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ISRO’s Chandrayaan-2 Finds Noble Gas on Moon, Beyond the Region Where It Was Supposed to Be



The race to unravel the complex processes occuring on the lunar surface and its environment is heating up. As several countries are trying to know more about the Moon and build a base for humans to facilitate further space exploration, ISRO said it had made an interesting discovery. The Indian space agency said its Chandrayaan-2 orbiter found an important gas in the Moon’s upper atmosphere, beyond the region this gas was known to exist. ISRO said Chandrayaan’s Atmospheric Composition Explorer-2 (CHACE-2) equipment has detected Argon-40 gas in the lunar exosphere, which is the outermost region of the atmosphere of a celestial body where atoms and molecules rarely collide with each other.

ISRO hopes the new observation will help shed light on the surroundings and exospheric species. It hopes the observation will also provide insights on the radiogenic activities in the first few meters below the lunar surface.

Explaining why it is an important discovery, ISRO said in a statement that Argon-40 (Ar-40) is a noble gas, which makes it one of the most stable gases, and serves as key tracers to understand the processes of surface-exosphere interaction. According to ISRO, “Ar-40 originates from the radioactive disintegration of Potassium-40 (K-40) present below the lunar surface.”

Once formed, it diffuses through the inter-granular space and makes its way up to the lunar exosphere through seepages and faults.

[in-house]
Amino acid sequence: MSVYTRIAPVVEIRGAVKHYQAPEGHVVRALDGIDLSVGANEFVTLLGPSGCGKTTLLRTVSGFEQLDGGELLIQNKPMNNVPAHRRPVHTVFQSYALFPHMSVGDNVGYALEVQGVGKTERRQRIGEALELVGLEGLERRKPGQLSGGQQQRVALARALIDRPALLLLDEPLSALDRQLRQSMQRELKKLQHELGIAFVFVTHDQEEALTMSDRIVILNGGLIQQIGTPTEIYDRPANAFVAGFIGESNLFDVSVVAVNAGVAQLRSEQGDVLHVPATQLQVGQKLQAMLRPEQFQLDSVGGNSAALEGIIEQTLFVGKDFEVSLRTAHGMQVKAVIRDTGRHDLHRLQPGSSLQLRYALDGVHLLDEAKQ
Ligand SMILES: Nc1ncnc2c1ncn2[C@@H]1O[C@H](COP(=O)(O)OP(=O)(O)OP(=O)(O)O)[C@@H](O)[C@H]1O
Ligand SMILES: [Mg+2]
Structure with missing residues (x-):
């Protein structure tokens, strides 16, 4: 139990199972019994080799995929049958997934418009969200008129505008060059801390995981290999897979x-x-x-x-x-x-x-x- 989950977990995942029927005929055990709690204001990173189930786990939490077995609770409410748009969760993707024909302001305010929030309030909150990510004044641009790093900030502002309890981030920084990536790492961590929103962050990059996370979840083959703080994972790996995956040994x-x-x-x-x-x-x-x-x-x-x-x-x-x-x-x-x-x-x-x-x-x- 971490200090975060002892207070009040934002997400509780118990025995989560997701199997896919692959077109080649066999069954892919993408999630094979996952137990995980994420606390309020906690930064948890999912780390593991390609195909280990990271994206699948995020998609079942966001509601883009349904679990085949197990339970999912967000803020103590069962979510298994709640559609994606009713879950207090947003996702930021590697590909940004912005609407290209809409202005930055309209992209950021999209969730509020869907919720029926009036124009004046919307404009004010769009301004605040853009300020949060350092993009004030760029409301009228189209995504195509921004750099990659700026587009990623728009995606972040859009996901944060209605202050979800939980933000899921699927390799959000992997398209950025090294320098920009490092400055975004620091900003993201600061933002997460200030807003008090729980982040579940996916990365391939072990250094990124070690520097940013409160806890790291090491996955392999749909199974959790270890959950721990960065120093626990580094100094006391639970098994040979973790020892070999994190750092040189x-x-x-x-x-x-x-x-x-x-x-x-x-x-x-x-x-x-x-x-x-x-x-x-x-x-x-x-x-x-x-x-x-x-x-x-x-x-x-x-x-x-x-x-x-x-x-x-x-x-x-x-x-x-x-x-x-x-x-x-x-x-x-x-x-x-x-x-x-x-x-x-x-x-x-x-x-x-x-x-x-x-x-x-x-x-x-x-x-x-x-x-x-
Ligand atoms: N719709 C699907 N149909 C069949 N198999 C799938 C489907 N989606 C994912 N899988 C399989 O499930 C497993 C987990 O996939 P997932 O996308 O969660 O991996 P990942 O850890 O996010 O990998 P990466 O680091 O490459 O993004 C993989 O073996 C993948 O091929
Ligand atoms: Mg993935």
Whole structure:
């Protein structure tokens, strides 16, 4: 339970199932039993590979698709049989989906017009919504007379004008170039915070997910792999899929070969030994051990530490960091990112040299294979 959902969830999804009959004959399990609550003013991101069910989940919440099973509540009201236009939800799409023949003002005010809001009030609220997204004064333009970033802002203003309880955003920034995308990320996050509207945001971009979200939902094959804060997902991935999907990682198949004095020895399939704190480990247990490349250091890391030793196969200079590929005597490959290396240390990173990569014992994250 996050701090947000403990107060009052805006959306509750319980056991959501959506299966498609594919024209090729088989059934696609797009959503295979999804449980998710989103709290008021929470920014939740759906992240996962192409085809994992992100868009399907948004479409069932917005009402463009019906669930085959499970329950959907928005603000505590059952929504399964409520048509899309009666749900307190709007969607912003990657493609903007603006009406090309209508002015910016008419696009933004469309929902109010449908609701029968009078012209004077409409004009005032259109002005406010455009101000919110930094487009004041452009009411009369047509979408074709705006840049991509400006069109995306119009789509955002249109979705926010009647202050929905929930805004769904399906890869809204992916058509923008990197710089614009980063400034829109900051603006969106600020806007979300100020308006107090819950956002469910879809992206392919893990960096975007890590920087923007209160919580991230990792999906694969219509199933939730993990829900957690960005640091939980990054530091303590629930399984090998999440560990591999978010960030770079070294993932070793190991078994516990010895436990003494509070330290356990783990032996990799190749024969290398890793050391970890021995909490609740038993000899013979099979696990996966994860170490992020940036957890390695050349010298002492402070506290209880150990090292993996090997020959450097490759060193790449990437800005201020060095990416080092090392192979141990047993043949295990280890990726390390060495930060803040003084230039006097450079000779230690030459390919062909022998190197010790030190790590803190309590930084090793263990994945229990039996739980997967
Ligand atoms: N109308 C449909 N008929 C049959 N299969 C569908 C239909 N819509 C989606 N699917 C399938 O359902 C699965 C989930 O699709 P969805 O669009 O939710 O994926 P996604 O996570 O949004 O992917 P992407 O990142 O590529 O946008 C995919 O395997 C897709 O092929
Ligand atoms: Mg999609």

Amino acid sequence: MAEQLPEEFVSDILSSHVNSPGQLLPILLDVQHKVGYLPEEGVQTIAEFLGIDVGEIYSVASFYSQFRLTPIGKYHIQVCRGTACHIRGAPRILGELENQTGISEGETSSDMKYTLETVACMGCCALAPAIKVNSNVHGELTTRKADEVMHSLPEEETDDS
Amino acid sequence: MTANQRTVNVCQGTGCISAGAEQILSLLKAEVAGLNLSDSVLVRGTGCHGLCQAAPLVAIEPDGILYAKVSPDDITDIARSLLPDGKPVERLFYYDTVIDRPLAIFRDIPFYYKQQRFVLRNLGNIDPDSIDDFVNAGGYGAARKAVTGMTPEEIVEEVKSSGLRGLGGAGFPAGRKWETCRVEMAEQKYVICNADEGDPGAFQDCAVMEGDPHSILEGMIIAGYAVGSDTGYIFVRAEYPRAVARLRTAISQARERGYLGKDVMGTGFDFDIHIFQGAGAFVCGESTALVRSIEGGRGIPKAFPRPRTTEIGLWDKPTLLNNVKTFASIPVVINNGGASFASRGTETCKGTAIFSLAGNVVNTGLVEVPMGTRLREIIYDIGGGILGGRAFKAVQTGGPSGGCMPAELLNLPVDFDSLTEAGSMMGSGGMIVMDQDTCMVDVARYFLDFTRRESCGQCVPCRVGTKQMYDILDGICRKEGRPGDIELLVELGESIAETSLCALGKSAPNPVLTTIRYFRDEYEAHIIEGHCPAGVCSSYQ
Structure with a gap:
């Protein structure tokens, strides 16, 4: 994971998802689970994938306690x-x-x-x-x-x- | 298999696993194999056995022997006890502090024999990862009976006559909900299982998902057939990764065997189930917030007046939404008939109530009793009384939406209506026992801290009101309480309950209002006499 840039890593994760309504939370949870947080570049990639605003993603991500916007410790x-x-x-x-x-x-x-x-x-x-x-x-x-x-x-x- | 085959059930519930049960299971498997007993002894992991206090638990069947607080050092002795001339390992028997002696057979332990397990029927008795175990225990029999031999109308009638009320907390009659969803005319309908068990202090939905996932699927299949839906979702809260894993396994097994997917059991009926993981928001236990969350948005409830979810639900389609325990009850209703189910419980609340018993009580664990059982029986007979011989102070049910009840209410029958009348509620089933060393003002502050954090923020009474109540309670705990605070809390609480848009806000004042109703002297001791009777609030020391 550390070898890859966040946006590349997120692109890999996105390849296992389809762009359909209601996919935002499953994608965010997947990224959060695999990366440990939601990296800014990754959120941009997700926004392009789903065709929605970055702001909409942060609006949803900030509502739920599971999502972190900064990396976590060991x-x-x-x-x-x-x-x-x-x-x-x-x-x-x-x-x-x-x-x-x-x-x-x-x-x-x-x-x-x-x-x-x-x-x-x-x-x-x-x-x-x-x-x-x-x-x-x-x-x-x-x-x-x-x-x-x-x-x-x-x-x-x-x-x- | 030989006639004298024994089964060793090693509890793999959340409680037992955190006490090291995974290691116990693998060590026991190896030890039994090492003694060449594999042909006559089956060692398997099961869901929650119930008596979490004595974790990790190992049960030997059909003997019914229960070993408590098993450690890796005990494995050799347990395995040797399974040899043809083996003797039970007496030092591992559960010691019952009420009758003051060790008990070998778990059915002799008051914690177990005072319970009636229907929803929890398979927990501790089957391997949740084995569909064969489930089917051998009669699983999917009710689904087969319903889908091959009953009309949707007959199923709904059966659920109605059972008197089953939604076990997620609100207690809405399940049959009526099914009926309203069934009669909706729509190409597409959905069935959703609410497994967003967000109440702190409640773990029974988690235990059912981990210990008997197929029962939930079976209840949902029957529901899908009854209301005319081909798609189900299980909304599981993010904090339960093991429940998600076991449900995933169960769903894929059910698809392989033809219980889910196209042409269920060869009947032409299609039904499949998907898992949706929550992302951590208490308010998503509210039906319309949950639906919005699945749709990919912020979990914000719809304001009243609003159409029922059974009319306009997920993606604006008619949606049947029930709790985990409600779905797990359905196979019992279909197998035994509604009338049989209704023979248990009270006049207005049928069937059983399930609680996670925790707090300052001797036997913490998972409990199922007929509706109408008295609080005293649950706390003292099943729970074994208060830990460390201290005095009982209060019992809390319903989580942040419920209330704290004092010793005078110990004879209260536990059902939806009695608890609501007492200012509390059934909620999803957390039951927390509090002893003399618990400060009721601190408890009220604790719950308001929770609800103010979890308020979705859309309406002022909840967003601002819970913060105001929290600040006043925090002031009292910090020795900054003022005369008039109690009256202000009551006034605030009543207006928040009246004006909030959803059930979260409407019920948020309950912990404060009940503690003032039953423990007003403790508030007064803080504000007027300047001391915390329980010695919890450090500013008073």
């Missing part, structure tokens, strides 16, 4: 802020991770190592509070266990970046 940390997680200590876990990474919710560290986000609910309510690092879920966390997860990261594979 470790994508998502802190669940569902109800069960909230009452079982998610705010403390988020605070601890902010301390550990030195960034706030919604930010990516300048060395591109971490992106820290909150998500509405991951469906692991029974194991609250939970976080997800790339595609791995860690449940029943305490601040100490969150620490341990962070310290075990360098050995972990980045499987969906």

The uniqueness of this result lies in the fact that although Apollo-17 and LADEE missions have detected the presence of Ar-40 in the lunar exosphere, the measurements were confined to the near-equatorial region of the Moon.

“Though Argon-40 is known to exist in the lunar exosphere, the knowledge on its distribution at higher latitudes is lacking. For the first time, Chandra’s Atmospheric Composition Explorer-2 (CHACE-2) experiment aboard Chandrayaan-2 orbiter has continuously observed Ar-40 in latitude range of -60 to +60 degrees,” stated a study, published in the Geophysical Research Letters journals, based on this observation.

The observation hints at a requirement for improvement in the understanding of the surface-exosphere interactions and distributions of Ar-40 on the Moon, the study added.

Chandrayaan-2 mission’s lander and rover got destroyed as the mission could not make a soft landing in September 2019. The orbiter, which included CHACE-2, remained unaffected and carried out experiments.

ISRO is planning to launch a Chandrayaan-3 mission later this year to again try to land on the lunar surface.

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